SEPANG: A 17-year-old Rohingya boy was reunited with his brother after the government today dropped the charge against him for not possessing valid travel documents.
Magistrate Norul Fitri Hamdan gave the boy a discharge not amounting to an acquittal (DNAA), which means the charge has been temporarily suspended.
Government lawyer Aziatul Afrizan told Norul that the prosecution was discontinuing the case at the moment and applied for a DNAA.
Lawyer Chan Yen Hui said the boy then left with his brother, who is living in Putrajaya.
“It is a reunion of sorts as the boy can observe fasting and celebrate Hari Raya in two weeks,” she told FMT.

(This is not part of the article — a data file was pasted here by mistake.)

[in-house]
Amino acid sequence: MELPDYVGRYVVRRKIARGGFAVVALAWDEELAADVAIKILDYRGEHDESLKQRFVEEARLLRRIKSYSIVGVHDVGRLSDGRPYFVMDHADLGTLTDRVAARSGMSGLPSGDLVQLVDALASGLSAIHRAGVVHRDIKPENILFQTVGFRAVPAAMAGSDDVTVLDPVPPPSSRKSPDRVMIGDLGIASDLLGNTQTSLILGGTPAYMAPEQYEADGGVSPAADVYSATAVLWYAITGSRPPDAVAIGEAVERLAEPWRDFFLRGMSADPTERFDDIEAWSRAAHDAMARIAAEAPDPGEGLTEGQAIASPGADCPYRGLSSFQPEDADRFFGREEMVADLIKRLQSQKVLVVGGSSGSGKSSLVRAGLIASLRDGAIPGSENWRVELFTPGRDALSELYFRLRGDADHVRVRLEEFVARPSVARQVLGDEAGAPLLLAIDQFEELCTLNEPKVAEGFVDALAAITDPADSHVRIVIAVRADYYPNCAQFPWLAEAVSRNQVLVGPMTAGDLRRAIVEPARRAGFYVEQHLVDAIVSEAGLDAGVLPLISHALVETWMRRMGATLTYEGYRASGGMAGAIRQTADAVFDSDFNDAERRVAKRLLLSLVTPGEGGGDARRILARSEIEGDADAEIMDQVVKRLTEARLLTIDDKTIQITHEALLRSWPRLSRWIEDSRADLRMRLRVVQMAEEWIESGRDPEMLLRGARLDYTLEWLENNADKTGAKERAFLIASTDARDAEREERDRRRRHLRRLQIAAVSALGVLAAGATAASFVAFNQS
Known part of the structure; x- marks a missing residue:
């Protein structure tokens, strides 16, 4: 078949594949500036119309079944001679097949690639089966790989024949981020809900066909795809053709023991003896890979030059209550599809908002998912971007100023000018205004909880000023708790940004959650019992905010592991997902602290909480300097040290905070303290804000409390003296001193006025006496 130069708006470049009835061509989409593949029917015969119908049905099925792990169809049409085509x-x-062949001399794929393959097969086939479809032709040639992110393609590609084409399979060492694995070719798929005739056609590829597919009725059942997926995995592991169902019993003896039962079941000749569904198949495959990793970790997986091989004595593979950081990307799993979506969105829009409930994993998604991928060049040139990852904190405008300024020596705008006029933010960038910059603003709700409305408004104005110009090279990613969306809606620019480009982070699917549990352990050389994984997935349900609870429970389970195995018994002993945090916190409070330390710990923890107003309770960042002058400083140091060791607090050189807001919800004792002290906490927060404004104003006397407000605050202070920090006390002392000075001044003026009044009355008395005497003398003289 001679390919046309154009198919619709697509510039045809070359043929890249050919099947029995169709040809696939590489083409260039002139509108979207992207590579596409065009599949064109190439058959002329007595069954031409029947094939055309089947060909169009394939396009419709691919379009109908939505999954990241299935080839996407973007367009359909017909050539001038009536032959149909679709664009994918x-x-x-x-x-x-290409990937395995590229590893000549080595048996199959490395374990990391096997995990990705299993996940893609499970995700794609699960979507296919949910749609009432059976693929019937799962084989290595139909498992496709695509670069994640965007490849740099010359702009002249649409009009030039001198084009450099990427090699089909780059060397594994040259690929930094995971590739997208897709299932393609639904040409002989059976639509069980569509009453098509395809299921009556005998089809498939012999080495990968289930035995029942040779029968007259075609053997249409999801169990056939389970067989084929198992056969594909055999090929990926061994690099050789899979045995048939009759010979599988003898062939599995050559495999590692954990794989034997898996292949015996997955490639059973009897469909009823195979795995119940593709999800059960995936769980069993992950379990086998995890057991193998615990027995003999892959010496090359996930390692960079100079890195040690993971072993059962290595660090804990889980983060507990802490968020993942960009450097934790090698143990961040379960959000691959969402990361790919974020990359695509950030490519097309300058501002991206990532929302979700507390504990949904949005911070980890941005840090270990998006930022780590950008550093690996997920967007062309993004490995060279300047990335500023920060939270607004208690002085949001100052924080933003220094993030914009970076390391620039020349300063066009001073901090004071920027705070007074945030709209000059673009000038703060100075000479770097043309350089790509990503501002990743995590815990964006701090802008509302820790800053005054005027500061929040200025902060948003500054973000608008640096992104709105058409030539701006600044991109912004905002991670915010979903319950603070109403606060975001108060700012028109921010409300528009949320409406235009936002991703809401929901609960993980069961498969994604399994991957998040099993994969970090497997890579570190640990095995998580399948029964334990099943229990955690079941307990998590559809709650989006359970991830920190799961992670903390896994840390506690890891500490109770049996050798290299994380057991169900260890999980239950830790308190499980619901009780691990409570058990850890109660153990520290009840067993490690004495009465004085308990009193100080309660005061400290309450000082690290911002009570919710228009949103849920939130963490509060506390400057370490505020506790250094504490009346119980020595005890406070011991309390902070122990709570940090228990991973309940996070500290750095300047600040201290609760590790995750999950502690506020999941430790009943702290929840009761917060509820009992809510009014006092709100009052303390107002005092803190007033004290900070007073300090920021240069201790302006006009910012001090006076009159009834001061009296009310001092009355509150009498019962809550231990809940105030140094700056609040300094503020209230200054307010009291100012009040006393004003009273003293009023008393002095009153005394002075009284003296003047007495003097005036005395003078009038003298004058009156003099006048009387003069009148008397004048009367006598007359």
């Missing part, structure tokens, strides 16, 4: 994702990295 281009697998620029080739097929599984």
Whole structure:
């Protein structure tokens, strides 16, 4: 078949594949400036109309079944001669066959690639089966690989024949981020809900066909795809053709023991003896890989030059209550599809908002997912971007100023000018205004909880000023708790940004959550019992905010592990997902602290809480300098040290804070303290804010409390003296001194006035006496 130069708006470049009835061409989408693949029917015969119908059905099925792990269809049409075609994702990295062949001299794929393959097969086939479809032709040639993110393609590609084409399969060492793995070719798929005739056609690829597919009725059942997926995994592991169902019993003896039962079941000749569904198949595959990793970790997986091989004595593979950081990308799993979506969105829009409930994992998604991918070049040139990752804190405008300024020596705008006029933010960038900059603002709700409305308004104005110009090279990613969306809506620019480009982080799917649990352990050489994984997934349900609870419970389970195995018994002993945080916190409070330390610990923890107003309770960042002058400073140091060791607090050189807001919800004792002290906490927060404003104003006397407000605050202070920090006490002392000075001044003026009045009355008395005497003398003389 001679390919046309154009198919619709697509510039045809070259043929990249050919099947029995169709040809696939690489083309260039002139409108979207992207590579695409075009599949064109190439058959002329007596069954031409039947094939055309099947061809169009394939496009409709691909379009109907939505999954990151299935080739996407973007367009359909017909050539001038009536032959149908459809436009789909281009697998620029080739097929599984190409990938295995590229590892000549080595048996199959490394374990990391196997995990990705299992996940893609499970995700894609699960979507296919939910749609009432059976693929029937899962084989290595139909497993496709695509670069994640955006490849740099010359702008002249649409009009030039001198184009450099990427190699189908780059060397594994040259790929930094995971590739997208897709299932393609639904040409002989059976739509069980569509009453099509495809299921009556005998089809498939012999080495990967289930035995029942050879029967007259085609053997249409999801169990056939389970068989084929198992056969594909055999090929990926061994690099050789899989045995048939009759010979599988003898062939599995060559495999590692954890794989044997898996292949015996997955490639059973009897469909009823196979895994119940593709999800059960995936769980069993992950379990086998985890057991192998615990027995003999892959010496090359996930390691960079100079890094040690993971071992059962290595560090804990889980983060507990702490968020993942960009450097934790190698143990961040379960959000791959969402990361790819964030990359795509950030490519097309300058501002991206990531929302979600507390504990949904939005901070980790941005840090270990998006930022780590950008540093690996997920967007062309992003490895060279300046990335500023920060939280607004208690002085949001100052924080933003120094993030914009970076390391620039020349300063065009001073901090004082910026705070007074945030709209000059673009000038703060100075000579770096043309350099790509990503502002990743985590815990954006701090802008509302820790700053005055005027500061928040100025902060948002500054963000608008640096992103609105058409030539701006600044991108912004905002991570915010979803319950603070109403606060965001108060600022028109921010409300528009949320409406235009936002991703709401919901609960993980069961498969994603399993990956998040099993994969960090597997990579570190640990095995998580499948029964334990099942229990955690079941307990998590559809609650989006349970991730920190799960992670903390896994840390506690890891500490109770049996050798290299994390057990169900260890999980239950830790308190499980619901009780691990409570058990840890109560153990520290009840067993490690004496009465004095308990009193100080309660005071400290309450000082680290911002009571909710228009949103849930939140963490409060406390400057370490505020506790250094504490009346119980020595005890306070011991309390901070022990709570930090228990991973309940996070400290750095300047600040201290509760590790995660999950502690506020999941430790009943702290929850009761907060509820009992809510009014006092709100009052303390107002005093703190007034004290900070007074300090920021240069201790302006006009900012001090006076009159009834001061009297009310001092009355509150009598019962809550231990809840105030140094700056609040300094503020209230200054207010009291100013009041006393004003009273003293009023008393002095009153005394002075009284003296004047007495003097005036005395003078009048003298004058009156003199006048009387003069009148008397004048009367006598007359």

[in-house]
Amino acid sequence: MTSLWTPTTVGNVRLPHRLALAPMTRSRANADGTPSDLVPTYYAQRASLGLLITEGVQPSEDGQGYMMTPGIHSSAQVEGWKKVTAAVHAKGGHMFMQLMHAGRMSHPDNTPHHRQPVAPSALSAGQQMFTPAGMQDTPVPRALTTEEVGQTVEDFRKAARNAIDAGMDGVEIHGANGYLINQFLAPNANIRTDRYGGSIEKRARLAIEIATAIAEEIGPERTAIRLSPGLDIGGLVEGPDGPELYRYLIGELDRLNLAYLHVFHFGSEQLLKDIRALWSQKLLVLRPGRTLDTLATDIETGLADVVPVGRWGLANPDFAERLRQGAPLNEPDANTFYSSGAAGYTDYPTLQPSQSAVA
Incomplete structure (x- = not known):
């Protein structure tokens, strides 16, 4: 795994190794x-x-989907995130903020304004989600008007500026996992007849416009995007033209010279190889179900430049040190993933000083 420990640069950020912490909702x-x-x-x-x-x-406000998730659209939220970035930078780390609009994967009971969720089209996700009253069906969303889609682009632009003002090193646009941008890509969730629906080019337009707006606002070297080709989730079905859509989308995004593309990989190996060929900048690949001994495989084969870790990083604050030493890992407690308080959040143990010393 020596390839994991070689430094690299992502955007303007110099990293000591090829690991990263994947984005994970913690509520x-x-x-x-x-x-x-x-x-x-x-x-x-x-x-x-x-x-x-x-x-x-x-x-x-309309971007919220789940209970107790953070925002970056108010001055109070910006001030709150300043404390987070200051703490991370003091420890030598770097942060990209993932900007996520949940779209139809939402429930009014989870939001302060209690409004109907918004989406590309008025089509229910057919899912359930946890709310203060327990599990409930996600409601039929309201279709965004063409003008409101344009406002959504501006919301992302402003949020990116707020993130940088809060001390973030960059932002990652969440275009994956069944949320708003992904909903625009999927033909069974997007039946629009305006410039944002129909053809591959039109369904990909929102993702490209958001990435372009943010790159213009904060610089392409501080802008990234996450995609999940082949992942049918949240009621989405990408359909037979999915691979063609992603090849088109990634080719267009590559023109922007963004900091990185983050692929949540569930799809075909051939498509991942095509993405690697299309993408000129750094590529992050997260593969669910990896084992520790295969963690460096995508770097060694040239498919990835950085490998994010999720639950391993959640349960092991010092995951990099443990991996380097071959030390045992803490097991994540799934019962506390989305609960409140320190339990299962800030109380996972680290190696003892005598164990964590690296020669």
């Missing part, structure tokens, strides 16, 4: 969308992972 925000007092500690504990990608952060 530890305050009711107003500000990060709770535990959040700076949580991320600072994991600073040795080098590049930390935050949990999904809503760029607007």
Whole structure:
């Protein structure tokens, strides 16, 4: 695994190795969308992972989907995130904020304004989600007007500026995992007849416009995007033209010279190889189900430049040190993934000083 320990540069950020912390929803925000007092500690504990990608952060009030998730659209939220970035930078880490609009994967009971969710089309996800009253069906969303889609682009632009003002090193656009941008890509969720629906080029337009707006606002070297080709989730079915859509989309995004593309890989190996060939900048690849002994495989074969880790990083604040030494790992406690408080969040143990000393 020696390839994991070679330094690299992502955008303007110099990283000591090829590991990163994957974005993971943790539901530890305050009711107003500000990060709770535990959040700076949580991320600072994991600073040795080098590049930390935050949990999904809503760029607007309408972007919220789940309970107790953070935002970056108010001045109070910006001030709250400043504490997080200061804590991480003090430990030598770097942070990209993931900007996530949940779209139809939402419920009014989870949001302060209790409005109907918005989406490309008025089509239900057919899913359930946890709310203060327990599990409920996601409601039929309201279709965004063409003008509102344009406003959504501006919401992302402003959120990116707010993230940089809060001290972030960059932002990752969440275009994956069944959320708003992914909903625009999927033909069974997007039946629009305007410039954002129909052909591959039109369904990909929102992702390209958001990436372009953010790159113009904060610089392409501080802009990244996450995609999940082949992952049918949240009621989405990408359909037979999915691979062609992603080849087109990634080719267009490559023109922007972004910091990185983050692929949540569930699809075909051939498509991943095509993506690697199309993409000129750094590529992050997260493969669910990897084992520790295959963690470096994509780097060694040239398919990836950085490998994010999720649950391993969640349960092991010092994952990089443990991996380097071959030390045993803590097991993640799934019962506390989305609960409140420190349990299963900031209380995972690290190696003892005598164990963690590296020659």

On Dec 21 last year, he was charged under Section 6(1) of the Immigration Act for not having valid travel documents in the vicinity of the Dato Abu Bakar Baginda police station in Sepang district.
The brother, who holds a UN refugee card, had previously applied to secure bail for the boy but this was rejected by a magistrate.
Following a fresh application, the Shah Alam High Court in March set aside the boy’s detention and allowed bail on condition that he was placed under the care of a shelter home.
He was placed at Yayasan Chow Kit until the case ends and a Malaysian had posted a RM2,000 bail as directed by the court.
Chan, who appeared with lawyer Collin Arvind Andrew, said the boy and his brother had entered Malaysia through Thailand last year.
The boy was arrested as he was said to be in possession of a fake UN refugee card.
Chan said they objected to the boy being placed in a detention centre as it contravened the Child Act 2001 and Article 22 of the Child Rights Convention, which protects child refugees seeking asylum from being prosecuted.